BOSTON. — My favorite mixed sports metaphor came in 1984 from Lawton Chiles, now the governor of Florida, who described the ''game plan'' for the presidential debates this way: ''It's like a football game. . . . Mondale can't get the ball back with one big play. But the American people love a horse race. I would advise him not to knock Reagan out.''
Well, as expected, the 1992 campaign began with the usual assortment of slam-dunks, knockout punches, end runs and hard balls. But something happened after the campaign left New Hampshire and relative civility.
While I was trying to get out of the locker room, we ended up in the trenches. The metaphors switched from sports to war. The political coverage reads less like Sports Illustrated than Soldier of Fortune.
We have campaign ''assaults'' and ''attacks.'' The Super Tuesday states are ''battlegrounds.'' The candidates ''snipe'' and ''take aim'' at each other. Jerry Brown is accused of using ''slash-and-burn'' tactics. Paul Tsongas is ''under fire.'' And Pat Buchanan is a man who will ''take no prisoners.''
How did this primary get off the playing field and onto the killing field? Kathleen Jamieson, dean of the University of Pennsylvania's Annenberg School of Communication, says that war images creep in as a campaign gets hostile: ''When you are playing fairly within the rules of the game, the sports metaphors fit. The war metaphor is much more negative. It doesn't assume fair play or a referee.''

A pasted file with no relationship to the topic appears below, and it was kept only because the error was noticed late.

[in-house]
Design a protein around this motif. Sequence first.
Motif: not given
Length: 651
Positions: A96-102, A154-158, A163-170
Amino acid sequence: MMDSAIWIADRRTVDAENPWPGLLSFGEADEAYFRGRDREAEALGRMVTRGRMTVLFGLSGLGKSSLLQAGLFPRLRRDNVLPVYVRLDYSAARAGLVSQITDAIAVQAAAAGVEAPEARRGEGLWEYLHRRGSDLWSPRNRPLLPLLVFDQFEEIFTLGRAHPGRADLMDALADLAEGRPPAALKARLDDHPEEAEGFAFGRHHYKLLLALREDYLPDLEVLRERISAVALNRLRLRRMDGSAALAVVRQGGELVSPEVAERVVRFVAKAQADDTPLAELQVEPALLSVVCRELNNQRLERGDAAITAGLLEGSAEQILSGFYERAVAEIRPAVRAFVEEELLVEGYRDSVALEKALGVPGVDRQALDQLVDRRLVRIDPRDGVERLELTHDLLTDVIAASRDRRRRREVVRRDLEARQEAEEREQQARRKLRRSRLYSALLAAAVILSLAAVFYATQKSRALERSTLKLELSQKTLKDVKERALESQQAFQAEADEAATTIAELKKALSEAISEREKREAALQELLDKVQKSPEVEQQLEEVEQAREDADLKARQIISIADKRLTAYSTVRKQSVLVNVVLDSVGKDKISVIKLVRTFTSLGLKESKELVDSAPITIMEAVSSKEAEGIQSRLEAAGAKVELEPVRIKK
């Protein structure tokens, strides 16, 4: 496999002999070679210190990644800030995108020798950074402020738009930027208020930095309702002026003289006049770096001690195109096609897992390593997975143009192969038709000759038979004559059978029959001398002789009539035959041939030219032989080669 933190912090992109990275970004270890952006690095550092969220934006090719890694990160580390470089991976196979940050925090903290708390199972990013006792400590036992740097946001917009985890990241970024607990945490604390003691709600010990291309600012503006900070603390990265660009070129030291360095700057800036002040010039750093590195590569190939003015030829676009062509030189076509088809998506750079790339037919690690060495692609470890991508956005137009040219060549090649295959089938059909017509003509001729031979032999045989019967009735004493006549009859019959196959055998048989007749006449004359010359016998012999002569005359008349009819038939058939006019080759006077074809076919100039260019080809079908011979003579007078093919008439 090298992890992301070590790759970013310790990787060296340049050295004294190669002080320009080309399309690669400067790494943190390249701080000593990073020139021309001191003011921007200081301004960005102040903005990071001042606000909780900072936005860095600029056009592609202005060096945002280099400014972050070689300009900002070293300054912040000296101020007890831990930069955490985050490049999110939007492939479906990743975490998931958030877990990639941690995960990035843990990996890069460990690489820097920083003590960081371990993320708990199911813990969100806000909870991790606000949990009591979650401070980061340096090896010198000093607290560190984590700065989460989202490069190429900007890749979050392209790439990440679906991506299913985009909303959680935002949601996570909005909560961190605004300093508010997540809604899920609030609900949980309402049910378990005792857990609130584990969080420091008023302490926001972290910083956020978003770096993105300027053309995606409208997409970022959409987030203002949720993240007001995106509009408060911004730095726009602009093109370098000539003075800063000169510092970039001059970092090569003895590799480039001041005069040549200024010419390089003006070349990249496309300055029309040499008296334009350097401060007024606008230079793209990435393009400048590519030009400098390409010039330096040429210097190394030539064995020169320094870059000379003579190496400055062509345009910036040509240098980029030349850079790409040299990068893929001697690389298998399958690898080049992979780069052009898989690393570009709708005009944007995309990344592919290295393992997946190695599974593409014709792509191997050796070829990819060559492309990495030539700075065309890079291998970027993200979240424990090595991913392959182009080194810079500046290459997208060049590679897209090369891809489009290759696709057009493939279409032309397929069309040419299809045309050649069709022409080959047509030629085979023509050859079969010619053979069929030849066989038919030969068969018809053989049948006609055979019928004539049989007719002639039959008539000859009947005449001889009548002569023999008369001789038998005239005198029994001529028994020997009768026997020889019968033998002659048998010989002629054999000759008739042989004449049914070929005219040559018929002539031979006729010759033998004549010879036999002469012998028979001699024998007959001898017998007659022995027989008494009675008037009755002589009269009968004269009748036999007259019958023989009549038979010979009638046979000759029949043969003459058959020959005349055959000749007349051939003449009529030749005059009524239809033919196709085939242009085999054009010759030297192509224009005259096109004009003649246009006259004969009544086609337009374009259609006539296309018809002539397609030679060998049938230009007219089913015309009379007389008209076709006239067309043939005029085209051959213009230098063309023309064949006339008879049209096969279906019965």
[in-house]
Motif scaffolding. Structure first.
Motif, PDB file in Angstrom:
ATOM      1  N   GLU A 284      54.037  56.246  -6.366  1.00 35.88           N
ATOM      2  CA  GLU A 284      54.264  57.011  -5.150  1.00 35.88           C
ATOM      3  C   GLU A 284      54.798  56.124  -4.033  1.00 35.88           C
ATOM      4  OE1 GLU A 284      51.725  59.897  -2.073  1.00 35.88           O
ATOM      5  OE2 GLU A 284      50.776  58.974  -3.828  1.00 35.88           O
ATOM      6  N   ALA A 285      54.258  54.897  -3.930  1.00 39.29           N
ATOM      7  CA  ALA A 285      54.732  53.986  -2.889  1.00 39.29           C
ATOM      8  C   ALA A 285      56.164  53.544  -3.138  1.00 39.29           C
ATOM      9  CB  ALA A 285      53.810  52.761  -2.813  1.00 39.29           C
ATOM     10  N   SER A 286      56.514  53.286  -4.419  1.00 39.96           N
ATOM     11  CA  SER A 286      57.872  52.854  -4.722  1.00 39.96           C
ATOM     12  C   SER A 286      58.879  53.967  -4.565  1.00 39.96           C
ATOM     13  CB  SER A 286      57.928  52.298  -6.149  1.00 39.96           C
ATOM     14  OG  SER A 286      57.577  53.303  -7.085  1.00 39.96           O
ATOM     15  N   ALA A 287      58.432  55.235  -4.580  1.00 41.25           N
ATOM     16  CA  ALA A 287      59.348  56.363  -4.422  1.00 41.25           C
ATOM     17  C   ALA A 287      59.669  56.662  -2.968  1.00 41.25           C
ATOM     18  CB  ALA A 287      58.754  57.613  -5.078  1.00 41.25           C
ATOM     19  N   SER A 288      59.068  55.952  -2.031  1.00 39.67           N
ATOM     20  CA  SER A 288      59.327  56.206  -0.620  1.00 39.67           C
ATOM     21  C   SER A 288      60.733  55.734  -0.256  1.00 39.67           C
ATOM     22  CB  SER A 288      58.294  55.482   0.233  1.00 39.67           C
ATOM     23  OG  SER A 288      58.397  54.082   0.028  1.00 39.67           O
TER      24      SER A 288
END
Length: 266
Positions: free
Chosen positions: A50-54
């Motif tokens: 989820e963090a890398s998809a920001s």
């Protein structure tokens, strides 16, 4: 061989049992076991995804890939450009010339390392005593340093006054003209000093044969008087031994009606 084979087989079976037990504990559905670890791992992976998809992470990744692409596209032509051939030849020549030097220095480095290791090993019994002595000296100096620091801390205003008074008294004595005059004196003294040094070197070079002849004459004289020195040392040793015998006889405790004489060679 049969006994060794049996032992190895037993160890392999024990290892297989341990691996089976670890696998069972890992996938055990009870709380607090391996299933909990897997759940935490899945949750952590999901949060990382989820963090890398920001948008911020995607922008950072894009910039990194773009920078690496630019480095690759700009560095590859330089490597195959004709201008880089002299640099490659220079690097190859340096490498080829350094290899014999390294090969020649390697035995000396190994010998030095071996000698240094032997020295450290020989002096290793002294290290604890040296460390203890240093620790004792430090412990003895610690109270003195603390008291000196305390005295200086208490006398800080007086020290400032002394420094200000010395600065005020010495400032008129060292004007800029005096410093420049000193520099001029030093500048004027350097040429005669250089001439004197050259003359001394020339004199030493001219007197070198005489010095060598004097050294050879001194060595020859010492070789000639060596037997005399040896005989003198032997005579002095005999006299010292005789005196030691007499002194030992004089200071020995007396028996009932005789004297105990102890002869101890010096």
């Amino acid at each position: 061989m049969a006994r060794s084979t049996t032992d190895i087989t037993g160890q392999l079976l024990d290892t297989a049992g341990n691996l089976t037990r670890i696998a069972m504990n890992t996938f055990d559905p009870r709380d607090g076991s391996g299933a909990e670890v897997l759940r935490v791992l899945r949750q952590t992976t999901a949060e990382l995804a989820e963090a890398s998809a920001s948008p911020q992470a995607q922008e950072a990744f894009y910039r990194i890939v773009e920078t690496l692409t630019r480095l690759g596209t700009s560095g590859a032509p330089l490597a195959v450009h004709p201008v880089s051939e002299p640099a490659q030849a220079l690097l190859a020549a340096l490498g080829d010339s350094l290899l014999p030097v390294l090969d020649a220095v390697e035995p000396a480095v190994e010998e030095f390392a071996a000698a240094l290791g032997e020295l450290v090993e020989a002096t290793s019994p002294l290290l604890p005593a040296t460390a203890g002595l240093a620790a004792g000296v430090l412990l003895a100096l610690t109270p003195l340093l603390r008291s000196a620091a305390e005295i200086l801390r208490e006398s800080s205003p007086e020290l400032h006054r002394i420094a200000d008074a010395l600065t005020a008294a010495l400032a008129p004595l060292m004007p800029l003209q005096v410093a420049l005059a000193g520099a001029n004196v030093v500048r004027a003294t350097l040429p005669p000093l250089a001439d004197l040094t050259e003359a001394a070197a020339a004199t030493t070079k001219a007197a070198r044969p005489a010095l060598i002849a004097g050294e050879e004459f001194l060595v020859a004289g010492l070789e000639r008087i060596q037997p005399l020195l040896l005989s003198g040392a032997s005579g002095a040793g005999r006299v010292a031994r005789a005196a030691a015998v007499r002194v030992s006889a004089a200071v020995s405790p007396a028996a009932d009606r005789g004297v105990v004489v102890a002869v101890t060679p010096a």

If words are the way we frame our ideas, the war metaphor is more than rhetoric. It forces us to talk and think about elections as if they were lethally combative events in which the object was to kill the enemy and declare victory. In the end, the war metaphor produces a victor or a commander-in-chief. But not necessarily a governor, or a leader, or a problem-solver. War talk doesn't allow the candidates to describe or stand on common ground. ''It doesn't assume the goodwill and integrity of the other side,'' says Ms. Jamieson, ''It doesn't talk about common good and collective ends. It assumes one person is right and the other's wrong.''
Fighting words frame the campaign as a search-and-destroy mission. It is not a coincidence that attack ads make the headlines. Nor is it a coincidence, says Ms. Jamieson, that men are much more likely to talk like warriors and write like war correspondents.
She has been trying to elaborate a different political campaign language. She first played with a courtship metaphor: the candidates woo the electorate and pledge forms of fidelity. That was, to put it mildly, fraught with sexual undertones.
A New Hampshire focus group came up with the metaphor of an orchestra: The government is a collective entity that needs a leader to keep things in harmony. This had a nice ring, but it didn't hit all the right notes.
Now Ms. Jamieson is toying with a metaphor that would picture the campaign as a quest: The candidates must overcome ''tests'' that reveal their ''character.'' The campaign becomes a ''search'' for answers, not for the soft underbelly of an opponent.
The point is to shift the verbal focus from strategy -- ''Is he doing what's necessary to win?'' -- to problems -- ''Does he understand them, can he solve them?'' Her own quest for this ''quest'' metaphor has just begun. Any ideas are welcome in our metaphor mailbag.
Ellen Goodman is a syndicated columnist.